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Sunny Days Out With Baby - Our Survival Guide

11/07/2016 14:47 | Updated 11 July 2016

You wake up, the sun is shining, and it seems like a wonderful idea to go out in the sunshine for a fun day out with baby. Three hours later, when you have packed enough bags for a trip to the tropics, you have attempted to leave the house three times but have been thwarted each time by the arrival of a dirty nappy, or the need for a feed, you are finally ready to venture out, at which point you realise it is now raining... To help avoid these pitfalls, we here at Babyblooms have put together some top tips and practical advice to (hopefully) help you get out of the front door and enjoy a day trip with your baby.

First of all, as we all know, we need to be careful to keep tiny babies out of the sun entirely, but when baby is on the move, around six months, then they can venture out in the sunshine, though you should head for the shade between 12pm and 3pm. It is best to protect their delicate skin with loose, light fitting cotton clothing and use a sun cream especially formulated for babies with an SPF of at least 15, offering good UVA and UVB protection. You generally need more sun cream than you might first think, a plum sized dollop is a good guide and pat rather than rub to give the skin a good covering. Try and apply around 15 minutes before going outside and remember to reapply every couple of hours (more if they are splashing around in water). Sun protection can be very tricky with a baby with eczema or sensitive skin, try a patch test of a hypoallergenic formula before applying all over (SunSense Kids SPF 50+ was great when my little ones had eczema, well worth the slightly higher price tag). Make sure you apply their eczema emollients or treatments first, then apply the sunscreen half an hour later.

Going out and feeling the sun on your face is definitely good for the soul and the world feels like a better place in the sunshine. It really is worth the effort to get out with your baby and so we have put together a list of suggestions to try and make this process that little bit easier.

1) Take more nappies and wipes than you possibly think you could ever need, there is nothing worse than being miles away from a shop and realising you have run out.
2) Nappy bags are also very useful and have many, many uses beyond a dirty nappy including dirty clothes, the remains of the picnic and to carry those pebbles that your child just cannot live without...
3) Changing mats also have many uses including a place for baby to sit on at any time when you are out and about.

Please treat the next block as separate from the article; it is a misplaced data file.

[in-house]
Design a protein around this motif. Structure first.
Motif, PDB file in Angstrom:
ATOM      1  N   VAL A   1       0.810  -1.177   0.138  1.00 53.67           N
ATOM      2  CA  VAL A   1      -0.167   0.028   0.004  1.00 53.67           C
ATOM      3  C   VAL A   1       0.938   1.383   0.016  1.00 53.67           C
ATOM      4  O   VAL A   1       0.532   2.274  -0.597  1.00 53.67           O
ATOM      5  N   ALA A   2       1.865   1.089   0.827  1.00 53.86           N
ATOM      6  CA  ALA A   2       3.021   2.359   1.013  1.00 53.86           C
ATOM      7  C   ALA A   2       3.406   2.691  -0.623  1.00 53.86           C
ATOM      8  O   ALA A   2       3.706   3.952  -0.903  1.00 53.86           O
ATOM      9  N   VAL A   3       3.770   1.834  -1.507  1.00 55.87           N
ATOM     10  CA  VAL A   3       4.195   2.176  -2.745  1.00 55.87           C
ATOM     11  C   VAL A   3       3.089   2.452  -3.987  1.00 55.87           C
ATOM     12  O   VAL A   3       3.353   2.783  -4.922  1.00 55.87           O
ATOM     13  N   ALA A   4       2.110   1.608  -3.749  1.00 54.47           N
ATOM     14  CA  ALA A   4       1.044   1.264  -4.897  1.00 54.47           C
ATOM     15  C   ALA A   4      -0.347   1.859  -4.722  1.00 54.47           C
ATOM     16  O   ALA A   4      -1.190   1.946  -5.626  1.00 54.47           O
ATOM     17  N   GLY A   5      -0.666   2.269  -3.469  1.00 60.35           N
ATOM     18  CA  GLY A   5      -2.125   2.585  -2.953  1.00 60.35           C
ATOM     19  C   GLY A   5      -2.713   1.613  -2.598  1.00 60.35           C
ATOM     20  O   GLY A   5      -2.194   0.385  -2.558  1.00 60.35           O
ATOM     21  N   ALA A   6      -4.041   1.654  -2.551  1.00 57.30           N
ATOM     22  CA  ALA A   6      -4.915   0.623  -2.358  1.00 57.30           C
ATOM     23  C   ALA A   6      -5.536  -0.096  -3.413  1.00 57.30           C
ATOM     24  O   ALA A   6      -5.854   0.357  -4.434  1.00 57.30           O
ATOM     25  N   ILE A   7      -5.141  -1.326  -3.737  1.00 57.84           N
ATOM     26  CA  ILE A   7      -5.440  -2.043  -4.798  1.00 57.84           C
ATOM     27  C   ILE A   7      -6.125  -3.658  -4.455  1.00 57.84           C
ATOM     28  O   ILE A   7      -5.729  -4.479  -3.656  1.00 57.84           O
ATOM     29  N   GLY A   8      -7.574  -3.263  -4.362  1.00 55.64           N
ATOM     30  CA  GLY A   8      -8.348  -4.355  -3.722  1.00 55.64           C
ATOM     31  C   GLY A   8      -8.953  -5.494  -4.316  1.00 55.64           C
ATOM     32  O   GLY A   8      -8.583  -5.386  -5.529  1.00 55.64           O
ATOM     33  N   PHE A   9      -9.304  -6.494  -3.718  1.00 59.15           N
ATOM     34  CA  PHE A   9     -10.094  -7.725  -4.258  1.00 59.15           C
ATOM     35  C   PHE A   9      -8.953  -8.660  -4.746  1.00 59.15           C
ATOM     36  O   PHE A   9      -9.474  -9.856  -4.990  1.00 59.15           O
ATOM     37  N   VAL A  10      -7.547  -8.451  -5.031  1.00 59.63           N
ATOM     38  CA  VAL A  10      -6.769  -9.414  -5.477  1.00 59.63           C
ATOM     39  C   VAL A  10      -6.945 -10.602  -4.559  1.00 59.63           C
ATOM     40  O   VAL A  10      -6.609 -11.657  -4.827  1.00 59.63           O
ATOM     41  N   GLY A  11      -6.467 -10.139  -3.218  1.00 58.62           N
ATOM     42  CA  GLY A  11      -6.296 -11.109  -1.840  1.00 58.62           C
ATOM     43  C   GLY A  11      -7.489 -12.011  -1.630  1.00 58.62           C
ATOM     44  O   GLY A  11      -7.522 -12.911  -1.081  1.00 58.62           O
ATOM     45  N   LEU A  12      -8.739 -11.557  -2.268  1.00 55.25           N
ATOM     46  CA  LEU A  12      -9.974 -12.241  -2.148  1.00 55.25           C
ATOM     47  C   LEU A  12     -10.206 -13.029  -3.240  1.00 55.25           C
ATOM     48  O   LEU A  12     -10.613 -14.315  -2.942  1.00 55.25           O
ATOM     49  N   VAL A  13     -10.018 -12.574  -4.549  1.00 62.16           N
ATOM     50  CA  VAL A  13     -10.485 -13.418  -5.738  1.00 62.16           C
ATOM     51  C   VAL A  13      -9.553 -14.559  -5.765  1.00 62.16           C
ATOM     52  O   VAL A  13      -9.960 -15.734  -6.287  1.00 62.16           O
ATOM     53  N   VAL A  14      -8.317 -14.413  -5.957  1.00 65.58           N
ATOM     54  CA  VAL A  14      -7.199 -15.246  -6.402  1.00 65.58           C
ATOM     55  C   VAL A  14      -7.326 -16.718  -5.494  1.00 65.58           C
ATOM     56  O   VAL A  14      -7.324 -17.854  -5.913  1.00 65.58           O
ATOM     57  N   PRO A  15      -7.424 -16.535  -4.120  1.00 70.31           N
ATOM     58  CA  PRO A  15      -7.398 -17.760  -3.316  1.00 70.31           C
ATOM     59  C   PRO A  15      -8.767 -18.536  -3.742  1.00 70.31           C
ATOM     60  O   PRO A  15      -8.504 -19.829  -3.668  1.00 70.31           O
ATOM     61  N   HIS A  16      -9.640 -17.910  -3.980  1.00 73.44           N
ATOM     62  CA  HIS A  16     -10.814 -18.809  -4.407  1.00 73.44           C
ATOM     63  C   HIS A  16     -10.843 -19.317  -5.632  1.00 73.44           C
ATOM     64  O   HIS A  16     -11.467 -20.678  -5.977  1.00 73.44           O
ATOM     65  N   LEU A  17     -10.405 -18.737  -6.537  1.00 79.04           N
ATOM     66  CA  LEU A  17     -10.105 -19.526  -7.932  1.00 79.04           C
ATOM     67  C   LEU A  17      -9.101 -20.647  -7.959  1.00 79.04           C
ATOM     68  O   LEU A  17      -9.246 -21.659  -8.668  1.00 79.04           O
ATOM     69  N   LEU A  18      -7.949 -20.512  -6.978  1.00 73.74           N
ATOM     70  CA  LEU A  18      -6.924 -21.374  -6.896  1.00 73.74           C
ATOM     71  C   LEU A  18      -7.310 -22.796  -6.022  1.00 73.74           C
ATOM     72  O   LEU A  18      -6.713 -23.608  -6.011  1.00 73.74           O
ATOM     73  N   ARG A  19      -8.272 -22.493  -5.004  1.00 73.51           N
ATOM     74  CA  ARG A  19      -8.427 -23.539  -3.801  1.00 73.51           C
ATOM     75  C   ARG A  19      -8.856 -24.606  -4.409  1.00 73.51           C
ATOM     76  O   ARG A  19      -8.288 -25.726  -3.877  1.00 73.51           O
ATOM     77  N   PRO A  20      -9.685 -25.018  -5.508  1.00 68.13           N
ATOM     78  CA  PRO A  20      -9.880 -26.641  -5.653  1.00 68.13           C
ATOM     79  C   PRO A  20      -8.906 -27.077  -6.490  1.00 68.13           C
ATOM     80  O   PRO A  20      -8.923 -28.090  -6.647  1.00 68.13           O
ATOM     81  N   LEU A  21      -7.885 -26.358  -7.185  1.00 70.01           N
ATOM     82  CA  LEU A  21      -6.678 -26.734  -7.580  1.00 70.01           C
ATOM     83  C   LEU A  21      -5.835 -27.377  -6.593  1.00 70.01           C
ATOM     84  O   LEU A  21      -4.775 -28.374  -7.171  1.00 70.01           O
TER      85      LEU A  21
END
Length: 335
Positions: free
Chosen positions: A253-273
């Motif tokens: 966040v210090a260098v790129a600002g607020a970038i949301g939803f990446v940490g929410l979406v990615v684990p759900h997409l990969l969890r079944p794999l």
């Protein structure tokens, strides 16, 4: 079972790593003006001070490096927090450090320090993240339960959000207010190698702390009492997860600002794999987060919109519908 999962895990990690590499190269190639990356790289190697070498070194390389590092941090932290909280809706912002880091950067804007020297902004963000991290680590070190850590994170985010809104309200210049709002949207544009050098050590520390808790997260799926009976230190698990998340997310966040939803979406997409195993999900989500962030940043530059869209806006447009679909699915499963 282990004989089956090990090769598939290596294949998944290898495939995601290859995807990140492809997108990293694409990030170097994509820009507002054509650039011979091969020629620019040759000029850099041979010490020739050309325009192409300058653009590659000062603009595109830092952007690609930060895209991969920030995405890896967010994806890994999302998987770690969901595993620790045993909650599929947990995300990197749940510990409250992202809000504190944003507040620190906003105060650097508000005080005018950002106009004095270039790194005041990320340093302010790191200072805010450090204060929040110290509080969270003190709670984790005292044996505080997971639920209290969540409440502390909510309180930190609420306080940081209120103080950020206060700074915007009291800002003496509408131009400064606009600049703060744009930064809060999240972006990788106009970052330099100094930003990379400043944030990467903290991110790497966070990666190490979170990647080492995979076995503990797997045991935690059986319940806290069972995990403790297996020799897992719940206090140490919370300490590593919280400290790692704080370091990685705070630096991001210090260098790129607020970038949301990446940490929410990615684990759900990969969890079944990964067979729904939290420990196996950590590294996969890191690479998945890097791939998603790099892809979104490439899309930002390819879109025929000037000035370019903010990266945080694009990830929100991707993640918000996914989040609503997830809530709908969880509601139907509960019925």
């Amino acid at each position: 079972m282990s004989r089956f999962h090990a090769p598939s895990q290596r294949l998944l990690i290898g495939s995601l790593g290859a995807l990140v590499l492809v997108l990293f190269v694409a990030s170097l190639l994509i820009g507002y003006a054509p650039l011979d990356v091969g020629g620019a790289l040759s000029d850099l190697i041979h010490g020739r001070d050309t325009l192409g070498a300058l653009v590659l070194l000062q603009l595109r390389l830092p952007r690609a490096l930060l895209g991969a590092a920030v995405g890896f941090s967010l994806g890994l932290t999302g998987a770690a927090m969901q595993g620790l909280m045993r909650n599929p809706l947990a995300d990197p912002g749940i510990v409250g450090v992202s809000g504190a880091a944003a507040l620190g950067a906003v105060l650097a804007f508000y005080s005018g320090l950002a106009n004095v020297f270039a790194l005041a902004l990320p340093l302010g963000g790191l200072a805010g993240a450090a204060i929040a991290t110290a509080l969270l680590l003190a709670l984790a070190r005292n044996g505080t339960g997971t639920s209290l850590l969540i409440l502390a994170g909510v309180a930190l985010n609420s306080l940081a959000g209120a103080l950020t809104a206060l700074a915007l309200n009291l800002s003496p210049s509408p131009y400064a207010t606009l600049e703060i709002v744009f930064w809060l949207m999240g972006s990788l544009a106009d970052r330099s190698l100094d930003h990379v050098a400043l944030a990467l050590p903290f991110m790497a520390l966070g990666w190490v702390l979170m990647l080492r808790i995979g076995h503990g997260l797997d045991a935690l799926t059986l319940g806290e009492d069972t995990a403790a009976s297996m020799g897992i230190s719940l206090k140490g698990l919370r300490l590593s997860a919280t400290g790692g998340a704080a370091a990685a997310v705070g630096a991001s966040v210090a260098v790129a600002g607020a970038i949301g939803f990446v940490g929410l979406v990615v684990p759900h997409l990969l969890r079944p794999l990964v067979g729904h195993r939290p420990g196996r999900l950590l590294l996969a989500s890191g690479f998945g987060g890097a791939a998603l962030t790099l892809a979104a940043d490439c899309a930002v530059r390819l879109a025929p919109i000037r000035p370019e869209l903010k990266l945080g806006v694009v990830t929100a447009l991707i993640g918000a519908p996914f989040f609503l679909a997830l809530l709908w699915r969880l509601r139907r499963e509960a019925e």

4) Muslins are also essential for wiping faces, acting as picnic blankets or for creating some shade.
5) Take an extra change of clothes for everyone, I am still scarred from the memory of a day trip where my little one's nappy leaked on my lap and I was a long way from home and a change of clothes!
6) Baby care cream is ideal for soothing heat rash and insect bites.
7) Snacks, snacks and snacks (including for you) and plenty of drinks.
8) Wooden Toys make great distractions for baby if they get bored.
9) Leather shoes are perfect for protecting little feet when baby is crawling round on the grass or sand.
10) Finally, a neat trick for a teething or messy baby, pop more than one bib on baby before you leave the house and then simply remove the top layer when soggy - genius!

Don't forget to take some photos of your day to share with friends or to add to a baby diary, after you have gone to all the effort of getting you and baby out of the house it is worth making sure you all remember what a lovely day you have had!

Getting baby to sleep on a hot day can be a challenge. If you are out and about make sure you don't leave baby to sleep in a hot car and, if baby is in a pushchair make sure you have a sun canopy or an umbrella to keep baby out of the sun. It can get surprisingly hot and airless in a pushchair so it is best not to put even a lightweight blanket or muslin over the hood to keep the sun off, maybe try putting the pushchair in some shade instead. At night, ideally their room should be between 16 and 20 degrees but of course this isn't always possible. You can open lots of doors and windows before bedtime to try and cool the room down and put a fan on in the room before they go to bed, although it is best to keep this well out of the reach of curious little fingers and they probably won't appreciate sleeping with the fan trained directly on them. A lovely cool bath just before bed will help and you could try putting their pillowcase in a plastic bag in the freezer, so it is lovely and cold when baby rests her head. As a rule of thumb, if baby is wearing a nappy, vest and sleepsuit, just a sheet is needed if the temperature is over 24 degrees, but be led by baby, if she is still hot it is fine for her to go to bed in just her nappy and you can always cover her with a sheet later in the evening if her room cools down.

Sometimes life is so busy with a small baby we forget to take the time to just stop and marvel at how amazingly beautiful they really are. Sunny days out are where special memories are made, they give us the chance to relax and relish this little person as they and we enjoy the sunshine - just don't forget the nappies and suncream!

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